We had a lot of fun this morning at Schulich launching our new Raspberry Pi and Arduino lending programme! These devices are two types of credit-card sized computer which are developing a rapidly growing following due to the ways they can be incorporated into a wide range of projects.
Schulich will start lending these items out later this week, for a loan period of two weeks, and will be monitoring the service over the next few weeks – the kits will be available on a first-come, first-served basis like all other library materials. We’ll also be lending out a robotics unit and a wearable computing device. Please come to the Schulich loans desk if you’d like to borrow a kit.
We’d love to hear about the creative ways these are used by the McGill community! If you take out a kit, please spare us two minutes to give us your feedback using this form, and consider sending pictures of your project.
Do you leave your laptop unattended, forget to take breaks, fail to backup your data, reuse old passwords, print everything, or text at the table? If the answer is yes, then reading the article, “The 21 worst tech habits—and how to break them,” published in PCWorld, might help.
I came across an interesting new blog called, The Assistive Technology Daily, which discusses assistive technology devices that can help make life easier for people of all ages and abilities, such as the:
HAPIfork – a fork that can help you slow down while eating and lose weight
Shortcat – a keyboard productivity app for Mac OS X
In today’s newspaper, The Gazette, I read an article about the top 10 technology predictions made by Deloitte, a company that offers audit, tax, consulting, and financial advisory services. The prediction that surprised me the most is that over 90% of passwords can be hacked in a few seconds. Visit Deloitte’s website to read the top 10 predictions and get more information.
April recently wrote a post about designing your own applications for iphone. On the lately released Windows 8, getting apps is more like the way we use for an Apple device. Instead of the Apple store, we get apps from the Microsoft store either for free or for a payment. Read more at here.
If you are interested in learning more about Windows 8, here is a review.
Do you need to purchase a new laptop? Are you debating whether to buy a Windows PC or a Mac? For advice from technology experts, see “PC or Mac? The experts weigh in.”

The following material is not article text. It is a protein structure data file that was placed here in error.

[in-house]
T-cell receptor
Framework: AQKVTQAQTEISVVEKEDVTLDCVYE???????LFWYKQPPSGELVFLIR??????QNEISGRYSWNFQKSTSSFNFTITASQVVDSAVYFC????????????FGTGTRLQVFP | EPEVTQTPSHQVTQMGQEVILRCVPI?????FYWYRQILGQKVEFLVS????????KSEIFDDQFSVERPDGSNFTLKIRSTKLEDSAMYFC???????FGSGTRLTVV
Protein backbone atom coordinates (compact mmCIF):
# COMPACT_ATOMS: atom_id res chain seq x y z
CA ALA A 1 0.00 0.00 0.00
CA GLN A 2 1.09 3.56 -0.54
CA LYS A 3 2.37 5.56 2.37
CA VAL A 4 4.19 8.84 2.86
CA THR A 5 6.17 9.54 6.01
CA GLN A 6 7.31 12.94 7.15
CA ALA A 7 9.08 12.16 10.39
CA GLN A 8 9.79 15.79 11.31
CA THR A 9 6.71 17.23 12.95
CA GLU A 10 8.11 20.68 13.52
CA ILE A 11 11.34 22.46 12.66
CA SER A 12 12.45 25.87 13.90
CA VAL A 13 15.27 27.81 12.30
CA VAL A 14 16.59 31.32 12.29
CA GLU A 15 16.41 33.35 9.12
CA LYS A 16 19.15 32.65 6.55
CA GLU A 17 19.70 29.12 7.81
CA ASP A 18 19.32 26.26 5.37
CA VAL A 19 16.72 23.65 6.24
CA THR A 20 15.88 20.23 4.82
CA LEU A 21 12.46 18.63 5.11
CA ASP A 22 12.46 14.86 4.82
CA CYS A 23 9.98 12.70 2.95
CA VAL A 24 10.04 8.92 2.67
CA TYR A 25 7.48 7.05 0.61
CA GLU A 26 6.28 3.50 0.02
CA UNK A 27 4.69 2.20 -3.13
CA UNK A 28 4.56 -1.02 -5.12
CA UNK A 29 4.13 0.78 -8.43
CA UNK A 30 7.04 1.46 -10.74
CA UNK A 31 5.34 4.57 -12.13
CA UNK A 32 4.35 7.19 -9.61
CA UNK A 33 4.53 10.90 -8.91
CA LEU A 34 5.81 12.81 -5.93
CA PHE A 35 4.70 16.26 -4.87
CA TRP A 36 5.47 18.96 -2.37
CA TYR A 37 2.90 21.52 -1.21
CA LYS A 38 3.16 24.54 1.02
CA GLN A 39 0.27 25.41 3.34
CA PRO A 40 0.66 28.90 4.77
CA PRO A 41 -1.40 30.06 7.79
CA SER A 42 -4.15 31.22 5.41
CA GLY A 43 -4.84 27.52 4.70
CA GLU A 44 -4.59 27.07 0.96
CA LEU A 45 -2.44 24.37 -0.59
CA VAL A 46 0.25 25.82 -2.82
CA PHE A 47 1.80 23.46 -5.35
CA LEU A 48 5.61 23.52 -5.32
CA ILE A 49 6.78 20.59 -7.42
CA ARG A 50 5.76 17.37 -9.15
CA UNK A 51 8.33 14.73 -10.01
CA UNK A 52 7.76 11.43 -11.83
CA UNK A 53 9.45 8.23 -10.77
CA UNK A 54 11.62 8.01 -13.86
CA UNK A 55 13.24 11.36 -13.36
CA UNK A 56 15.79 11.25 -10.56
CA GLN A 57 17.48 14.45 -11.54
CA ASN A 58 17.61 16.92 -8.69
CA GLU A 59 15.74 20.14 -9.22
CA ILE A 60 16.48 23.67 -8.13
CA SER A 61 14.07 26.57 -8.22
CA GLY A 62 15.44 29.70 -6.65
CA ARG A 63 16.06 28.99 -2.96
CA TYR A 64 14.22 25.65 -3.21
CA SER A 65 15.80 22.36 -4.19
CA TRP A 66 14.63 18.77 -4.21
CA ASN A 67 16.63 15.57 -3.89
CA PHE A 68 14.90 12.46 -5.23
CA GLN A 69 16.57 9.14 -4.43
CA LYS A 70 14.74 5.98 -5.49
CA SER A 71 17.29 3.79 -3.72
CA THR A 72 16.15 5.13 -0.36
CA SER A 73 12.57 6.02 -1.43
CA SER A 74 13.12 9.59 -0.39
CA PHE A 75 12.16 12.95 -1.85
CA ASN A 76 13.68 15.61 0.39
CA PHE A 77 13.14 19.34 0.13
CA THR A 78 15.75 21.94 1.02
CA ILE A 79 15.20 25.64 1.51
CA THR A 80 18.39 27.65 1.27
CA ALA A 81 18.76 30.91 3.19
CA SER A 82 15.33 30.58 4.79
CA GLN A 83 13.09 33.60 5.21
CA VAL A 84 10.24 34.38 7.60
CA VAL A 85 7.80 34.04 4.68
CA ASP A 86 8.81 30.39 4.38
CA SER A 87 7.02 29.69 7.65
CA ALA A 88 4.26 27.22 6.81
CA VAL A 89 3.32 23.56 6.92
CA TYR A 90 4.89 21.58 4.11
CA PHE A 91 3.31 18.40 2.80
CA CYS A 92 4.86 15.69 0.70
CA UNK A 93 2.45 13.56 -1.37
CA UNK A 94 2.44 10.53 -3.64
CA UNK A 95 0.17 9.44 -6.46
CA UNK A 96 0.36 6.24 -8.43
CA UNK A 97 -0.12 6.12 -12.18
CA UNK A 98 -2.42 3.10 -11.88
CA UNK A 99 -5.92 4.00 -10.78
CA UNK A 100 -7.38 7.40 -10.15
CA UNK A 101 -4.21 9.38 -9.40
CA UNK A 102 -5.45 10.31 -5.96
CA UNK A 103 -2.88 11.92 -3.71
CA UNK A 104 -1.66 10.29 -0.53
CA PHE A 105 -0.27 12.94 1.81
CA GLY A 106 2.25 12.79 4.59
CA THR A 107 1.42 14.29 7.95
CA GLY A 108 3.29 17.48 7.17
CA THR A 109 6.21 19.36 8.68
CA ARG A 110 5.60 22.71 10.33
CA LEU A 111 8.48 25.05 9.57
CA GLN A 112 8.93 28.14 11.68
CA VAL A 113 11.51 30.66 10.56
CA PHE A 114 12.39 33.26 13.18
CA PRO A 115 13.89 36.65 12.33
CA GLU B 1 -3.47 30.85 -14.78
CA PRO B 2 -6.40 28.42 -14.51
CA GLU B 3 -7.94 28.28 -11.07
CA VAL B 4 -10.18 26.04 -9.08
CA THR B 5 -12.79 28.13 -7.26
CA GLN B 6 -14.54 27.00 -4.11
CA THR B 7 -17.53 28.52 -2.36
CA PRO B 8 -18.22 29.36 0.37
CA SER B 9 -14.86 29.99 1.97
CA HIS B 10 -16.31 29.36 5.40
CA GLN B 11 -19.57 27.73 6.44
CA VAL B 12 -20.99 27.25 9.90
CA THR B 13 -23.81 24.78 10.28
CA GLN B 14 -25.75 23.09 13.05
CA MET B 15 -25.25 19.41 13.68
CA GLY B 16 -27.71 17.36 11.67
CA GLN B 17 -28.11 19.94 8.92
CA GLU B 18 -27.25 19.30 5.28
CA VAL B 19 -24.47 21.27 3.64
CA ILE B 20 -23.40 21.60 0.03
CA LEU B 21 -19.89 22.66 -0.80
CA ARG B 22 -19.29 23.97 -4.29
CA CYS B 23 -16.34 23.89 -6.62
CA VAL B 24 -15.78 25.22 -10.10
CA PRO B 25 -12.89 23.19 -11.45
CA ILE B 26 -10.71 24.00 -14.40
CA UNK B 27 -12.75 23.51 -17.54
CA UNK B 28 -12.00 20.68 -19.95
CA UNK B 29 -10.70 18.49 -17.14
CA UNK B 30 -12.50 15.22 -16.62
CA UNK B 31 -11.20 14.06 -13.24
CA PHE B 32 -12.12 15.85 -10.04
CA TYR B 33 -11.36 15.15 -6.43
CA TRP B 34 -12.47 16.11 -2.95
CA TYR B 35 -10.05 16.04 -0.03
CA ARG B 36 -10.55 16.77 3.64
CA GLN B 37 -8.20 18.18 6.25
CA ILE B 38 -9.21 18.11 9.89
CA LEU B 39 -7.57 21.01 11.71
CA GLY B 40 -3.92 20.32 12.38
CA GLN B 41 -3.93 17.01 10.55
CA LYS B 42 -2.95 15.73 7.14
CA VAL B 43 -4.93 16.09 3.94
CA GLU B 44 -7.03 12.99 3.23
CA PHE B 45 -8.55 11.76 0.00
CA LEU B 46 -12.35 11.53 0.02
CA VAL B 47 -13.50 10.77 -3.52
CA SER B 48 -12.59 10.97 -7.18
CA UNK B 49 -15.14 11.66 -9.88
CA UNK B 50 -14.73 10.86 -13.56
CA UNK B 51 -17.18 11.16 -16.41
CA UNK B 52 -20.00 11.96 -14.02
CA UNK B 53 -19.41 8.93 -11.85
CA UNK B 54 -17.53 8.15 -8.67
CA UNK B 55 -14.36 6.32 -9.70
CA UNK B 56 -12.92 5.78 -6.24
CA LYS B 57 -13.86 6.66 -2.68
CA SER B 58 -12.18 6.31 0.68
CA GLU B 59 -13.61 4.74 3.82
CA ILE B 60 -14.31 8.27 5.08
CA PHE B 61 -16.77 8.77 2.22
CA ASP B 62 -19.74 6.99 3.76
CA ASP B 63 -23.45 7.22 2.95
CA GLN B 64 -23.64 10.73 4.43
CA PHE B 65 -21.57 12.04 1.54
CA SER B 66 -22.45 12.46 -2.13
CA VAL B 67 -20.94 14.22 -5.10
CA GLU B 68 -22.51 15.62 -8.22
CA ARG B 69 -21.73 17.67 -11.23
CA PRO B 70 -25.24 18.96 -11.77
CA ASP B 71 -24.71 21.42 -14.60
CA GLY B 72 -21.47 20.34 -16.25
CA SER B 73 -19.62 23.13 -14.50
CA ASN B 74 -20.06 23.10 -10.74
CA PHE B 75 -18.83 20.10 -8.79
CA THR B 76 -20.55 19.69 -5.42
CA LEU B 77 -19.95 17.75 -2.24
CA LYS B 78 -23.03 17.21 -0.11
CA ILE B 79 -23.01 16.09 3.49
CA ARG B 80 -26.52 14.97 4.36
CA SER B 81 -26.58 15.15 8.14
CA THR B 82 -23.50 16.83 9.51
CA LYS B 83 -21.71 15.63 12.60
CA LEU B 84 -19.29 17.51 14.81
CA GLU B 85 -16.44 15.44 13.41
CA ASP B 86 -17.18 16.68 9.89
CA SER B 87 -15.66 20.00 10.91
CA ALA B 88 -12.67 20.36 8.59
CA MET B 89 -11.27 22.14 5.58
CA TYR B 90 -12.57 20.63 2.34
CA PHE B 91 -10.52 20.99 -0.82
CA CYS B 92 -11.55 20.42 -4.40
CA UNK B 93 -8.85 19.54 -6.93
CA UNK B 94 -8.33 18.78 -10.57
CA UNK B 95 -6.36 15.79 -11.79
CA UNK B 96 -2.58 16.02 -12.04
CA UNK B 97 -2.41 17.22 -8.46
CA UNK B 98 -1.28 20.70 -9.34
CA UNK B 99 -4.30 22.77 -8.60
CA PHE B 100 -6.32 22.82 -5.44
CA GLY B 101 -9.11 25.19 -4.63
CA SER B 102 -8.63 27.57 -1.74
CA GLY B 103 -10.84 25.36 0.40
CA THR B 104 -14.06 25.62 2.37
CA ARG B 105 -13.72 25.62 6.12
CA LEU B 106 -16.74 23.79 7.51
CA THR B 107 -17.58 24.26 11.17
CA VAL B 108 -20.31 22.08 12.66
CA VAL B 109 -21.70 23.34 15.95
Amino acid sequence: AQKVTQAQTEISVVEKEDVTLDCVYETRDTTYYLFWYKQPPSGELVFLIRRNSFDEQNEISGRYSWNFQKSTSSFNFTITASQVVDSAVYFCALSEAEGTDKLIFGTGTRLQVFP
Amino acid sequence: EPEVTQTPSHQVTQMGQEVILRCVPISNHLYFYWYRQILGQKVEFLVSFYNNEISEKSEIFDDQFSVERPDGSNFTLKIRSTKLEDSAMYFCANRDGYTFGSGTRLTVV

If you would like a test drive, you can borrow Windows or Mac laptops for 48 hours at the loans desk of almost all of the McGill Library’s branches. A number of iPads are available to borrow for a one-week period.
You may still remember the scene from the movie “Minority Report” where Tom Cruise controlled the computer by wearing a pair of special gloves and performing gestures in the air. A new software, called “g-speak”, came into being at Oblong Industries which might change the way we interact with computers in the future, since a mouse will never be useful in a g-speak operating environment. The following video demonstrates how the g-speak system works.
IBM Sequoia, is now the fastest computer in the world. The computers were ranked by a test, the Linpack Benchmark, which gives each computer a petaflop/s score (quadrillion floating-point operations per second). Sequoia tested at 16.32 petaflop/s, compared to the previous top one – Japan’s K Computer’s 10.51 petaflop/s, which made K fall to the second place. Wonder how fast it works? IBM said, “Sequoia is capable of calculating in one hour what otherwise would have taken 6.7 billion people using hand calculators 320 years to complete if they had worked non-stop.” Also, Sequoia consumes less energy than the K computer, 7.9 megawatts compared to 12.6 megawatts. Professor Dongarra told the BBC “it was unlikely that another manufacturer would overtake IBM in the next year”.